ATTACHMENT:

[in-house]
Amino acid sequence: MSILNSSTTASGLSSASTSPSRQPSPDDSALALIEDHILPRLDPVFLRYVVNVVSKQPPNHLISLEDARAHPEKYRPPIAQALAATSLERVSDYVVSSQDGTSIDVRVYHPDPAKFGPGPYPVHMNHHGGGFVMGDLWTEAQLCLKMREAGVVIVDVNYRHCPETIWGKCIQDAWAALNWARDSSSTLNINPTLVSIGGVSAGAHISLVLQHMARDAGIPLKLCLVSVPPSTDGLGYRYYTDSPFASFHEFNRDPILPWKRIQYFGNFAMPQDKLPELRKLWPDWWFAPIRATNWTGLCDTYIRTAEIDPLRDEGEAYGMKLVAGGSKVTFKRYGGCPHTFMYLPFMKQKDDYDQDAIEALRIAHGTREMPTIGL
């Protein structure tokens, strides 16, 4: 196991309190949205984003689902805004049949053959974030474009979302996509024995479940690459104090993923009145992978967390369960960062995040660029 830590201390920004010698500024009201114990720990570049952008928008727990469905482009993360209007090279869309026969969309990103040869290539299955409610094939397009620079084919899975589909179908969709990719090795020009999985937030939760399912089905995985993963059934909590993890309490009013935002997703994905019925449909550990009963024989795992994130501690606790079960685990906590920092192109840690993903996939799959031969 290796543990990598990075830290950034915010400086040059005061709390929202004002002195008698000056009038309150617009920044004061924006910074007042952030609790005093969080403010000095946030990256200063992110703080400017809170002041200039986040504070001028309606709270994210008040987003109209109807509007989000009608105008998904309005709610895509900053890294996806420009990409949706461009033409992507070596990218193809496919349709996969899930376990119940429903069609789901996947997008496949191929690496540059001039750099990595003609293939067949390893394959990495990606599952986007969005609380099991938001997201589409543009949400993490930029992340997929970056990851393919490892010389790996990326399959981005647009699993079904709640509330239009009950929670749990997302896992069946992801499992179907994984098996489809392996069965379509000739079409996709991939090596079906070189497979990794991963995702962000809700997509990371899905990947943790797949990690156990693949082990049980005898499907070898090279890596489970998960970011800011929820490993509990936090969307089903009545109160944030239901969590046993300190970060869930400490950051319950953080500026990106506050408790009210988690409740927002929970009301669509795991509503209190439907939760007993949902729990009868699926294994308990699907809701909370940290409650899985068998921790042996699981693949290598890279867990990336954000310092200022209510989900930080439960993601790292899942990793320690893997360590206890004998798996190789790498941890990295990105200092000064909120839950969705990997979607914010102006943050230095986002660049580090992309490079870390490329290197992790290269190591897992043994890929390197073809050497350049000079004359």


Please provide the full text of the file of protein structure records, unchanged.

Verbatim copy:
[in-house]
Amino acid sequence: MSILNSSTTASGLSSASTSPSRQPSPDDSALALIEDHILPRLDPVFLRYVVNVVSKQPPNHLISLEDARAHPEKYRPPIAQALAATSLERVSDYVVSSQDGTSIDVRVYHPDPAKFGPGPYPVHMNHHGGGFVMGDLWTEAQLCLKMREAGVVIVDVNYRHCPETIWGKCIQDAWAALNWARDSSSTLNINPTLVSIGGVSAGAHISLVLQHMARDAGIPLKLCLVSVPPSTDGLGYRYYTDSPFASFHEFNRDPILPWKRIQYFGNFAMPQDKLPELRKLWPDWWFAPIRATNWTGLCDTYIRTAEIDPLRDEGEAYGMKLVAGGSKVTFKRYGGCPHTFMYLPFMKQKDDYDQDAIEALRIAHGTREMPTIGL
């Protein structure tokens, strides 16, 4: 196991309190949205984003689902805004049949053959974030474009979302996509024995479940690459104090993923009145992978967390369960960062995040660029 830590201390920004010698500024009201114990720990570049952008928008727990469905482009993360209007090279869309026969969309990103040869290539299955409610094939397009620079084919899975589909179908969709990719090795020009999985937030939760399912089905995985993963059934909590993890309490009013935002997703994905019925449909550990009963024989795992994130501690606790079960685990906590920092192109840690993903996939799959031969 290796543990990598990075830290950034915010400086040059005061709390929202004002002195008698000056009038309150617009920044004061924006910074007042952030609790005093969080403010000095946030990256200063992110703080400017809170002041200039986040504070001028309606709270994210008040987003109209109807509007989000009608105008998904309005709610895509900053890294996806420009990409949706461009033409992507070596990218193809496919349709996969899930376990119940429903069609789901996947997008496949191929690496540059001039750099990595003609293939067949390893394959990495990606599952986007969005609380099991938001997201589409543009949400993490930029992340997929970056990851393919490892010389790996990326399959981005647009699993079904709640509330239009009950929670749990997302896992069946992801499992179907994984098996489809392996069965379509000739079409996709991939090596079906070189497979990794991963995702962000809700997509990371899905990947943790797949990690156990693949082990049980005898499907070898090279890596489970998960970011800011929820490993509990936090969307089903009545109160944030239901969590046993300190970060869930400490950051319950953080500026990106506050408790009210988690409740927002929970009301669509795991509503209190439907939760007993949902729990009868699926294994308990699907809701909370940290409650899985068998921790042996699981693949290598890279867990990336954000310092200022209510989900930080439960993601790292899942990793320690893997360590206890004998798996190789790498941890990295990105200092000064909120839950969705990997979607914010102006943050230095986002660049580090992309490079870390490329290197992790290269190591897992043994890929390197073809050497350049000079004359």